From the Washington Post:
“According to data direct from the IRS, allowing property tax deductions up to $10,000 — which I fought for and won — will cover nearly every taxpayer in the Third Congressional District.”
— Rep. Tom MacArthur (R-N.J.), in an opinion article, Nov. 18, 2017
A key feature of the House and Senate tax bills is ending the deduction for local and state taxes, which has been a feature of the U.S. tax code dating back to the Civil War. Republican leaders have argued that the low-tax states are subsidizing the high-tax states because the taxpayers in those states can’t deduct as much from their taxes. Indeed, six states — California, New York, New Jersey, Illinois, Texas and Pennsylvania — claim more than half of the value of all state and local tax deductions nationwide, according to IRS data. In the tax trade, the deduction is known as the SALT deduction.
But this had been a problem for Republican lawmakers from those states, as it means that at least some of their constituents might face higher taxes. During deliberations in the House, MacArthur won a compromise that would allow as much as $10,000 in property taxes to continue to be deducted. (A similar provision was added to the Senate version in the flurry of last-minute bargaining.) In an opinion article — which also favorably mentioned The Fact Checker — he argued that he managed to get a deal that “will cover nearly every taxpayer” in his district.
We decided to take a ground-level look at how he justifies this statement.
The 3rd Congressional District is in the south-central portion of New Jersey, covering most of Burlington County and portions of Ocean County. The median household income is $68,300.
MacArthur was initially opposed to the GOP plan when it called for eliminating the deduction for all state and local taxes, arguing for an exemption for property taxes. He made the case that while income taxes are based on how much you make, property increases in value beyond a person’s control. (A retiree may have lived in a house for many years, for instance.) According to the Tax Foundation, New Jersey has the highest per capita property tax of any state.
Since 1996, New Jersey has capped the deduction for property taxes at $10,000, so the House bill would be in line with that concept. MacArthur was the only GOP lawmaker from New Jersey to support the tax bill, with the others decrying the impact on taxpayers in New Jersey who itemize deductions.
According to MacArthur’s staff, IRS data show that there are 360,000 taxpayers in the 3rd district, of whom 210,000 take the standard deduction or do not take a deduction for the property tax. That means that about 42 percent of taxpayers itemize, which is higher than the 30 percent for all U.S. taxpayers.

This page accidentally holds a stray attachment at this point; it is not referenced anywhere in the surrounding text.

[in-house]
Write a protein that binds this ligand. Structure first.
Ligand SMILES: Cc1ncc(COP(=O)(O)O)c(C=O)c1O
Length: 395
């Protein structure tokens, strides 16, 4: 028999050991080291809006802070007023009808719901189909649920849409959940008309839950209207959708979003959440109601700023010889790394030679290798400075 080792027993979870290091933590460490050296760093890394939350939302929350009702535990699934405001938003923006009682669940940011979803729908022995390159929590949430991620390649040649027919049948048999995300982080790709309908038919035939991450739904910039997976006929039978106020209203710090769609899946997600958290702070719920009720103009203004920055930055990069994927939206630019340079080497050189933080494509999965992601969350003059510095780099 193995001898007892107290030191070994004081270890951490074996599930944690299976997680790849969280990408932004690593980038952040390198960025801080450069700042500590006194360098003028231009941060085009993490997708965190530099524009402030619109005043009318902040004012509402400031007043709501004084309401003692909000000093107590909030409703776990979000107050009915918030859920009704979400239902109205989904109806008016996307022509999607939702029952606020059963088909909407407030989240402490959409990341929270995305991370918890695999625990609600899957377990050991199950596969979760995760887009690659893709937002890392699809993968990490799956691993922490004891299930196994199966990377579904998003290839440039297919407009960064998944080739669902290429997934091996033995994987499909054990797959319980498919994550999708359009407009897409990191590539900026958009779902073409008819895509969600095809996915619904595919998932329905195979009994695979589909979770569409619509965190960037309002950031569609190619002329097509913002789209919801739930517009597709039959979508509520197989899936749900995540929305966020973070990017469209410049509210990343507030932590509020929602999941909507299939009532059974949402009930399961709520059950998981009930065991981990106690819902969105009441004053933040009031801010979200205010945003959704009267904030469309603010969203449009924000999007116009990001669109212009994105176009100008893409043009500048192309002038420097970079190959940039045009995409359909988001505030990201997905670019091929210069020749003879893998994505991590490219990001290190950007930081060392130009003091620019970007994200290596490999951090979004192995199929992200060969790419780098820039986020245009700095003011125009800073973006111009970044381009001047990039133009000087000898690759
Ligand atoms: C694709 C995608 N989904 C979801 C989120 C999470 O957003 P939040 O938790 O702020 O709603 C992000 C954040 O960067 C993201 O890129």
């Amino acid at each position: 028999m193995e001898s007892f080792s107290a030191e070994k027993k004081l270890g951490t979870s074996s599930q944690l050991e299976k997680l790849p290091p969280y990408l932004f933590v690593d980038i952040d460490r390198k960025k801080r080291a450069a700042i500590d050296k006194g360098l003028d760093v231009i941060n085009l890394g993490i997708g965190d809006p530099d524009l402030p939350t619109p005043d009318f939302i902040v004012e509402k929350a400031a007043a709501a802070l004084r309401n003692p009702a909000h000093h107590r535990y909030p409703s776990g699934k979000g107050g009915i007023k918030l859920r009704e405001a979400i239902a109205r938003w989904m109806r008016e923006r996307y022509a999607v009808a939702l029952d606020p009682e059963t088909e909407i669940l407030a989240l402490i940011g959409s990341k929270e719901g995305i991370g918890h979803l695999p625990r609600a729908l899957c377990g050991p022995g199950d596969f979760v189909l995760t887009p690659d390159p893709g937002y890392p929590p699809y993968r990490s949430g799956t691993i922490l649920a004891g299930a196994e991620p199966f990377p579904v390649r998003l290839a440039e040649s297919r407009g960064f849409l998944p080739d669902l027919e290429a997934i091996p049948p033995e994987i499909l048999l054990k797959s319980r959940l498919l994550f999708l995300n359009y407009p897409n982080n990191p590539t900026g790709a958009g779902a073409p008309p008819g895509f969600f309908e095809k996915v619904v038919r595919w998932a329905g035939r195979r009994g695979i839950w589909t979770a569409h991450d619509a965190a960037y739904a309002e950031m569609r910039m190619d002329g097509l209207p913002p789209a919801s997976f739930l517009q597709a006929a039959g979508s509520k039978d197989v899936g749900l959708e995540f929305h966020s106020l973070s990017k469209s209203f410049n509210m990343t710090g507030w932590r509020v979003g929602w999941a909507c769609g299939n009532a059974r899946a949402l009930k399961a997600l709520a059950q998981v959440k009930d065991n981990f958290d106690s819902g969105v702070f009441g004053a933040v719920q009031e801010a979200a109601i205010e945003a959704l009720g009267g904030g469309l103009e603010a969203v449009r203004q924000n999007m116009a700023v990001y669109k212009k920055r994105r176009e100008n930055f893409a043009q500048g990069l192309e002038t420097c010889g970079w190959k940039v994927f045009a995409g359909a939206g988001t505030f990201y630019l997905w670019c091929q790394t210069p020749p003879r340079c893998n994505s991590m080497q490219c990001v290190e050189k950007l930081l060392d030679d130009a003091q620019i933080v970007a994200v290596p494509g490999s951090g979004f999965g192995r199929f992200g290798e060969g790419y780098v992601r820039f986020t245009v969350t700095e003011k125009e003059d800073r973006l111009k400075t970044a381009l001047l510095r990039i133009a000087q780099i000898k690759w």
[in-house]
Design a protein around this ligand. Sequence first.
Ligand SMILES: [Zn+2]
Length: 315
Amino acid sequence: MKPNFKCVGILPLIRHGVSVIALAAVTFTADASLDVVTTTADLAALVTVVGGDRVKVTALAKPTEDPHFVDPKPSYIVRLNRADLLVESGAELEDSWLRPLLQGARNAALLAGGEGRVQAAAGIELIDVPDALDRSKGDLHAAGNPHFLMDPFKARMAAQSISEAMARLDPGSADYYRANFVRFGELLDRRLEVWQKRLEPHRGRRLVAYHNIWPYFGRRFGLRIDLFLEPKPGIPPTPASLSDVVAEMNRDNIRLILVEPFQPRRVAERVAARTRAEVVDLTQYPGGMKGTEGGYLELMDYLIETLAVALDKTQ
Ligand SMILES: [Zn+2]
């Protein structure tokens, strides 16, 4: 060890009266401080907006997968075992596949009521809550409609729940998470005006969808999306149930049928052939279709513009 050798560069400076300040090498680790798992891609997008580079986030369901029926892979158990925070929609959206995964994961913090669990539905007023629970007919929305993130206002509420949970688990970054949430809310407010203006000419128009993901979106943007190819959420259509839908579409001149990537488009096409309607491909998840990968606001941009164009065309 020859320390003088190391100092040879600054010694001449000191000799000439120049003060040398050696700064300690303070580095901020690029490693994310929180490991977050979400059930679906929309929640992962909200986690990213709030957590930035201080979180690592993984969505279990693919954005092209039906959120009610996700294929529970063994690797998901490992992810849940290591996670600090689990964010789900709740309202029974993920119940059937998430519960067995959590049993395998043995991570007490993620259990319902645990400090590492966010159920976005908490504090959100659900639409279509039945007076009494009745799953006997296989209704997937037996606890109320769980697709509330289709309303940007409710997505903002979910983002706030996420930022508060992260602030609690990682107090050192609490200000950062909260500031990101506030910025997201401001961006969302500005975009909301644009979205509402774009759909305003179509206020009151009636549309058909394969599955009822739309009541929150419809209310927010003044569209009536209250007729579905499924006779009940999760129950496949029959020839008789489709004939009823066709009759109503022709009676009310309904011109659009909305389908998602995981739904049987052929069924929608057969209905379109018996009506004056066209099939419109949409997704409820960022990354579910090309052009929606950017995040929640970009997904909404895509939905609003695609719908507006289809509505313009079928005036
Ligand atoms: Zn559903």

Two other big deductions — for mortgages and charitable contributions — would still be allowed, though the House would reduce the size of new mortgages that can be covered from $1 million to $500,000. (The Senate bill makes no reduction.)
MacArthur’s staff says that these are conservative estimates, but essentially 93.3 percent of taxpayers in the district would be covered by the $10,000 property tax cap. That figure, they say, justifies the use of the phrase “nearly every taxpayer” in the opinion article. But it also means that 24,000 taxpayers — or 16 percent of the people who itemize — in his district are not covered by the cap.
Sounds good but, alas, it’s not quite so simple.
Under the House bill, the standard deduction would be doubled to $24,400 for couples and $12,200 for individuals. In many cases, these amounts would be higher than what people currently itemize, so it would become more advantageous to take the standard deduction.
In other words, the $10,000 cap would then become meaningless to them, because they would need substantial mortgage interest or charitable contributions to get above the thresholds for the standard deduction. (The House bill would eliminate other deductions, such as for high medical expenses.) According to an estimate by the Institute on Taxation and Economic Policy, which has a microsimulation tax model and has been critical of the tax proposals, about 60 percent of New Jersey taxpayers would no longer claim the property tax deduction.
In theory, for many taxpayers the loss of deductions would not matter if the standard deduction is larger than what people would have claimed with itemized deductions. But the tax bills would also eliminate dependent and personal exemptions worth $4,050 each. Instead, a child tax credit would be expanded, to $1,600, and there would be a new $300 family credit, but these would phase out at income levels of $115,000 for single parents and $230,000 for married parents. Single tax filers would lose their exemptions but of course would not get a child or family credit.
MacArthur thus is highlighting the impact of the property tax deduction in isolation without considering the interaction with other aspects of the tax bill. An analysis of the Senate tax bill by the New York Times, focusing on the impact on the middle class, found that people who pay a lot in state and local taxes (more than $4,400) have a greater chance of experiencing a tax increase.